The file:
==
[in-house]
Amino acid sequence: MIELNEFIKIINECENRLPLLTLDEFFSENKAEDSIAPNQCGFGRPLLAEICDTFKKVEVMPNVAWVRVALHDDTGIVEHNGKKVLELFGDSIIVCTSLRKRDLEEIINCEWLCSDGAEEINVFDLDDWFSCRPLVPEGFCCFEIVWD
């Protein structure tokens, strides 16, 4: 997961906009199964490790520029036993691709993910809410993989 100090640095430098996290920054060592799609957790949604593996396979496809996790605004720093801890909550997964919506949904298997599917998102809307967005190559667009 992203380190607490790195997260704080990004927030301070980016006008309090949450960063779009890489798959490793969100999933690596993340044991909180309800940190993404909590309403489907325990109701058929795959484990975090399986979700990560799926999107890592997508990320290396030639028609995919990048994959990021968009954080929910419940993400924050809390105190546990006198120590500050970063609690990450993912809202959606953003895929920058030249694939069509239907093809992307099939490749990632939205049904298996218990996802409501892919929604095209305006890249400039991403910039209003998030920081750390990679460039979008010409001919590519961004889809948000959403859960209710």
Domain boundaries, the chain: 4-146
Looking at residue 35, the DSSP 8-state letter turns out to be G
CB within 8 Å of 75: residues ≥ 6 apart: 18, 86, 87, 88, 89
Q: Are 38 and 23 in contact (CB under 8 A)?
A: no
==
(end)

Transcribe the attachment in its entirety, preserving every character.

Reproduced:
[in-house]
Amino acid sequence: MIELNEFIKIINECENRLPLLTLDEFFSENKAEDSIAPNQCGFGRPLLAEICDTFKKVEVMPNVAWVRVALHDDTGIVEHNGKKVLELFGDSIIVCTSLRKRDLEEIINCEWLCSDGAEEINVFDLDDWFSCRPLVPEGFCCFEIVWD
């Protein structure tokens, strides 16, 4: 997961906009199964490790520029036993691709993910809410993989 100090640095430098996290920054060592799609957790949604593996396979496809996790605004720093801890909550997964919506949904298997599917998102809307967005190559667009 992203380190607490790195997260704080990004927030301070980016006008309090949450960063779009890489798959490793969100999933690596993340044991909180309800940190993404909590309403489907325990109701058929795959484990975090399986979700990560799926999107890592997508990320290396030639028609995919990048994959990021968009954080929910419940993400924050809390105190546990006198120590500050970063609690990450993912809202959606953003895929920058030249694939069509239907093809992307099939490749990632939205049904298996218990996802409501892919929604095209305006890249400039991403910039209003998030920081750390990679460039979008010409001919590519961004889809948000959403859960209710």
Domain boundaries, the chain: 4-146
Looking at residue 35, the DSSP 8-state letter turns out to be G
CB within 8 Å of 75: residues ≥ 6 apart: 18, 86, 87, 88, 89
Q: Are 38 and 23 in contact (CB under 8 A)?
A: no